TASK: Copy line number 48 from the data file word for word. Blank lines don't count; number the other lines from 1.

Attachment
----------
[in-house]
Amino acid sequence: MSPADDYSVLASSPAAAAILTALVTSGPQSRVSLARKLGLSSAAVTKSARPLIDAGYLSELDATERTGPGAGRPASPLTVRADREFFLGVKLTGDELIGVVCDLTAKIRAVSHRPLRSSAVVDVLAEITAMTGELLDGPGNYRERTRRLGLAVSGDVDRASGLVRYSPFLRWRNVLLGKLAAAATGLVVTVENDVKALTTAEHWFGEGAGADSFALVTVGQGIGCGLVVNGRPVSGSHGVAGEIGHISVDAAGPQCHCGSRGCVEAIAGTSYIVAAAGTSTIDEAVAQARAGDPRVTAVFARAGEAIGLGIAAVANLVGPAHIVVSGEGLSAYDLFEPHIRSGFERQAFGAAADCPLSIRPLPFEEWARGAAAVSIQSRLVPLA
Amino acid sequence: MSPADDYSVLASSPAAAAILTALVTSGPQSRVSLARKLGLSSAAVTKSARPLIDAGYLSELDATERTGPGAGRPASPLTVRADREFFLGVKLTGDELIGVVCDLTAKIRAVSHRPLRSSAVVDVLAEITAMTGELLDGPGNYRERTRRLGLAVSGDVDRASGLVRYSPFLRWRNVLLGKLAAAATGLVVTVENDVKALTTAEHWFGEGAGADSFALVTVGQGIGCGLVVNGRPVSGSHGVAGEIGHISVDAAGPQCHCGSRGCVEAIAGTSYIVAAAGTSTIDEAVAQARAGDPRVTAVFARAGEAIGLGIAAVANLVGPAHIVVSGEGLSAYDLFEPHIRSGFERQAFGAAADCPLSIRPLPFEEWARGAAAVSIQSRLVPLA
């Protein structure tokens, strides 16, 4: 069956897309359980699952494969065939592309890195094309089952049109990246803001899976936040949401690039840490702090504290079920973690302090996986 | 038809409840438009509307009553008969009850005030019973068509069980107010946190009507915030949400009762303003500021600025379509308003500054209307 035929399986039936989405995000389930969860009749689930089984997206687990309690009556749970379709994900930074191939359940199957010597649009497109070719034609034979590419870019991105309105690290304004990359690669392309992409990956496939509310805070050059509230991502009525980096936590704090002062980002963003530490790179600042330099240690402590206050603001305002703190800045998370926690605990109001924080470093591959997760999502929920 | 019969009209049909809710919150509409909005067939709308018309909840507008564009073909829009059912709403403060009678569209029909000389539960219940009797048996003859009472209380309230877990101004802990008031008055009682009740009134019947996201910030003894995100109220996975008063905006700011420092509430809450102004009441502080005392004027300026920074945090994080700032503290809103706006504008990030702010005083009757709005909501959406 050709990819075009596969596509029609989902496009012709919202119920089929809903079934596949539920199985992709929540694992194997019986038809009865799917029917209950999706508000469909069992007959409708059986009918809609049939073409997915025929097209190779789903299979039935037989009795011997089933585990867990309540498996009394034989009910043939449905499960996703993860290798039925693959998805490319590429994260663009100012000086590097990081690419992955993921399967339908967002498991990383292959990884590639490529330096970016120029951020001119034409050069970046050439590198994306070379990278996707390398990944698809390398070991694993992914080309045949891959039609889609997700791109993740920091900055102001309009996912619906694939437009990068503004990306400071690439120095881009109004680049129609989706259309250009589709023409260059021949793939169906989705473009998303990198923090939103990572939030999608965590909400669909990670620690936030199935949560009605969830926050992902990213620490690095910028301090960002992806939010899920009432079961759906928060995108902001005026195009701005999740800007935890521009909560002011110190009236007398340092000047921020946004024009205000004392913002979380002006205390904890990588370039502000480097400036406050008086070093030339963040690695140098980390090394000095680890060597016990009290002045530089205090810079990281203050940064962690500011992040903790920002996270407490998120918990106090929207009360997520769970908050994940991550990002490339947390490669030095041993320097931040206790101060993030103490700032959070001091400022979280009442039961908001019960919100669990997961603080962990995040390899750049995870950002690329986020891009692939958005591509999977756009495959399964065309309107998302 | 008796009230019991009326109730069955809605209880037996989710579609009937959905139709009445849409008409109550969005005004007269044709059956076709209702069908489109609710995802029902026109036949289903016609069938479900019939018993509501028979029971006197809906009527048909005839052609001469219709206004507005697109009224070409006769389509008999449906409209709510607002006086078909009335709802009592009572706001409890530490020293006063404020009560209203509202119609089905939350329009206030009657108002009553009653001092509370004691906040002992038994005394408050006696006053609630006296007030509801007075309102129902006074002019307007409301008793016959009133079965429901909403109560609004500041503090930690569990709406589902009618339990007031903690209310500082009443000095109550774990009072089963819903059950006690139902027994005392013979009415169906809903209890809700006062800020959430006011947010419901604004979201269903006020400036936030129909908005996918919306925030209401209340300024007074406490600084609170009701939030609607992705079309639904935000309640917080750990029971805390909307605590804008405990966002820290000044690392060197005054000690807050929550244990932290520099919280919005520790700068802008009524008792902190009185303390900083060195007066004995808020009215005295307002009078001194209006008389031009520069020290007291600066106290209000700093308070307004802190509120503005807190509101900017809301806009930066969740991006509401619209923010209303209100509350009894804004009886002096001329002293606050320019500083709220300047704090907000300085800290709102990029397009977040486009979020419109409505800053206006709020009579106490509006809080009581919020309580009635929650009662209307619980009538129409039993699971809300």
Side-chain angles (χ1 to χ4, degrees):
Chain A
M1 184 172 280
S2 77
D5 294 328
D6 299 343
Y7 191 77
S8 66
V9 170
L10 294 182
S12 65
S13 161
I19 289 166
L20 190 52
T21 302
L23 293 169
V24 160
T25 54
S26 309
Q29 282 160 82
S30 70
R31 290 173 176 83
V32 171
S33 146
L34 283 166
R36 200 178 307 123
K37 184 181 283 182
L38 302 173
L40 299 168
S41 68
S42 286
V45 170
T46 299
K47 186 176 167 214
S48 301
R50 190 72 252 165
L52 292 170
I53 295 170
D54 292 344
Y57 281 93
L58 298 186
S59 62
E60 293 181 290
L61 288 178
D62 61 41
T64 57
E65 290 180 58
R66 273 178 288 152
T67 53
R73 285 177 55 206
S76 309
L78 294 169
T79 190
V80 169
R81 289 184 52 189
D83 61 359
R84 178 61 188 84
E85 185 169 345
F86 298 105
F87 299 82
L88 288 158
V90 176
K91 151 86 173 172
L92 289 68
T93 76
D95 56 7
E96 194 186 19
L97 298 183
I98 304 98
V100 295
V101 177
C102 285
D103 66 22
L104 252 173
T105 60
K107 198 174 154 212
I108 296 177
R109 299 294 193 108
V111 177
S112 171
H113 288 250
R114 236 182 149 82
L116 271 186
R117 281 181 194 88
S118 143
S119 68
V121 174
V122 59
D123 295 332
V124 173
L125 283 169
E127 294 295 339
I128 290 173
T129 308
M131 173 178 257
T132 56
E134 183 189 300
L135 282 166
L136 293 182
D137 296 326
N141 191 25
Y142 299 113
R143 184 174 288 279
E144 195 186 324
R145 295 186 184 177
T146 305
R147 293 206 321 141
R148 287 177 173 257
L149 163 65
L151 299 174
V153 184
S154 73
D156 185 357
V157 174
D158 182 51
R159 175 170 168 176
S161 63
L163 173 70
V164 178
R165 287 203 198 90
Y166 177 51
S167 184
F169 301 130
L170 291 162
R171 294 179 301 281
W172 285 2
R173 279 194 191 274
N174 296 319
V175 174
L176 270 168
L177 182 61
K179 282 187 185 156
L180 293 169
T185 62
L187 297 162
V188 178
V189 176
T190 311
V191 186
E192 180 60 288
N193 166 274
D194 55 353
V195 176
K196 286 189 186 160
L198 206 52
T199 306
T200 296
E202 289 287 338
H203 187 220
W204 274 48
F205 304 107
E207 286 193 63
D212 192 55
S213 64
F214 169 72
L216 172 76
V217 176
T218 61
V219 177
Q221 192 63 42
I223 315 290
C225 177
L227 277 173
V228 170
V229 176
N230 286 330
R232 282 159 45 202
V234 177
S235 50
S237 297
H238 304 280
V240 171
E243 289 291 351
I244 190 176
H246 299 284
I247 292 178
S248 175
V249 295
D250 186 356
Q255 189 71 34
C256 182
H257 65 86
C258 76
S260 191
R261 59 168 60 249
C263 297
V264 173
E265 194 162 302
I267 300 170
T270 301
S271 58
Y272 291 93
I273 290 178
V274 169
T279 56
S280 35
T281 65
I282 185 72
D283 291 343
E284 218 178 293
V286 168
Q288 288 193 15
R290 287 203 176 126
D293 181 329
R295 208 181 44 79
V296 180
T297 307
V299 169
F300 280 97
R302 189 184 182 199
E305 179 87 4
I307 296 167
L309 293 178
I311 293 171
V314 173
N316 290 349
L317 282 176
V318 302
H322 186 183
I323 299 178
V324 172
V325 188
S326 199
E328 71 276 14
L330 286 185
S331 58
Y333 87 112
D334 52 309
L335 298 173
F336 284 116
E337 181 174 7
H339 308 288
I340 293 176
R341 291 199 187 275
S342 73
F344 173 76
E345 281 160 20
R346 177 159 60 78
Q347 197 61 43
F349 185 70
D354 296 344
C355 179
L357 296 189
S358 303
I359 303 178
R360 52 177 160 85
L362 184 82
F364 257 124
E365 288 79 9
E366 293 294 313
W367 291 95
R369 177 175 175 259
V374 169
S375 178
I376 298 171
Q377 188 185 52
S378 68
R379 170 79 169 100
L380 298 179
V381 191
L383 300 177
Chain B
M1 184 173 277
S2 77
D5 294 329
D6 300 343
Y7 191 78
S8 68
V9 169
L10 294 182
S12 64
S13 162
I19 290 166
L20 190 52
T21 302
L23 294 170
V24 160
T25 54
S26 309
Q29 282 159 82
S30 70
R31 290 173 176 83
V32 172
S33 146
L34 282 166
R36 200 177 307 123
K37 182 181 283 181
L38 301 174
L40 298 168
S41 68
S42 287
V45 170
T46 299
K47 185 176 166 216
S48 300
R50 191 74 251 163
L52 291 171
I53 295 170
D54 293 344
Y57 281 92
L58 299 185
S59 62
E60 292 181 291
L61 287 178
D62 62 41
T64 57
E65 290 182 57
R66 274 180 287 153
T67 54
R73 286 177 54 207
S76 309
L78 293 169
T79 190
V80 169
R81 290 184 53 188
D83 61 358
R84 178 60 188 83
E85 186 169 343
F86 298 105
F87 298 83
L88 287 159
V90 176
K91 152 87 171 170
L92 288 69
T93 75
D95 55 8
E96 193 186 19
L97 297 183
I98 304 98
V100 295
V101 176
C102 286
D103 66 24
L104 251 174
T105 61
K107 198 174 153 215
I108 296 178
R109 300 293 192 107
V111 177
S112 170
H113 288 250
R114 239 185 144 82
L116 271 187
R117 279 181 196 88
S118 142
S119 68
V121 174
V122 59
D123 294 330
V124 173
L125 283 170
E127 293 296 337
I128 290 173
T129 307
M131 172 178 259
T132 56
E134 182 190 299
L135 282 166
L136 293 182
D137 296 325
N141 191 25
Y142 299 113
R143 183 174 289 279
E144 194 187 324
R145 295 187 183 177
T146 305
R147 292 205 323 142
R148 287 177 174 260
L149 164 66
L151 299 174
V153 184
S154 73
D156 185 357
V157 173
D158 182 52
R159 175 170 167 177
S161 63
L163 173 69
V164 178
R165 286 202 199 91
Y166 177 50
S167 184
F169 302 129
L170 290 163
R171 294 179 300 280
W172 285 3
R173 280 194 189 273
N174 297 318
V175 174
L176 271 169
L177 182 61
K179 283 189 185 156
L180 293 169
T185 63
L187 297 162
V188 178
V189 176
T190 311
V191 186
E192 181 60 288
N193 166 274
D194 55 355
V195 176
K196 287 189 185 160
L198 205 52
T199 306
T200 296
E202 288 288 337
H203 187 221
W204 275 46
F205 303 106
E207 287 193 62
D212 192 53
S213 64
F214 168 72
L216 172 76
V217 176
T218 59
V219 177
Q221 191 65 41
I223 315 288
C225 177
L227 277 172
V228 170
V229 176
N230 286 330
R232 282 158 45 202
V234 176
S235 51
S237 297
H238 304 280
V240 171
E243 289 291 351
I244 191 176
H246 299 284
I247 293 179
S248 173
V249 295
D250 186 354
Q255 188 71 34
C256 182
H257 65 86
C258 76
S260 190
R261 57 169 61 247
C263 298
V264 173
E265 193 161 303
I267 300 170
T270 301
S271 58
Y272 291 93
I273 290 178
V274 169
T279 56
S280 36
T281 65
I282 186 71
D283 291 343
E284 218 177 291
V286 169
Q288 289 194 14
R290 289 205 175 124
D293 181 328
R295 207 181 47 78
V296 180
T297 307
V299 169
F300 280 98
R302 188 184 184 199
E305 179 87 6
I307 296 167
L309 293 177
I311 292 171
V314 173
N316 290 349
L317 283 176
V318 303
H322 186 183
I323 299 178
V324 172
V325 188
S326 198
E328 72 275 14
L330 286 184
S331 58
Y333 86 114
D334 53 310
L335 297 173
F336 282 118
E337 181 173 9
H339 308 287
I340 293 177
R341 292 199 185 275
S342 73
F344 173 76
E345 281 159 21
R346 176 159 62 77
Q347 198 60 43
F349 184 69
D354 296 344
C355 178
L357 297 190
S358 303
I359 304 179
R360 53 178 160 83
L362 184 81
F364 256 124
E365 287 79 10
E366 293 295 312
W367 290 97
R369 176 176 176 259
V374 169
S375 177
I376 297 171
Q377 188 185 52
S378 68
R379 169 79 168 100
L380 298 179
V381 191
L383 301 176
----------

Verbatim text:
L61 288 178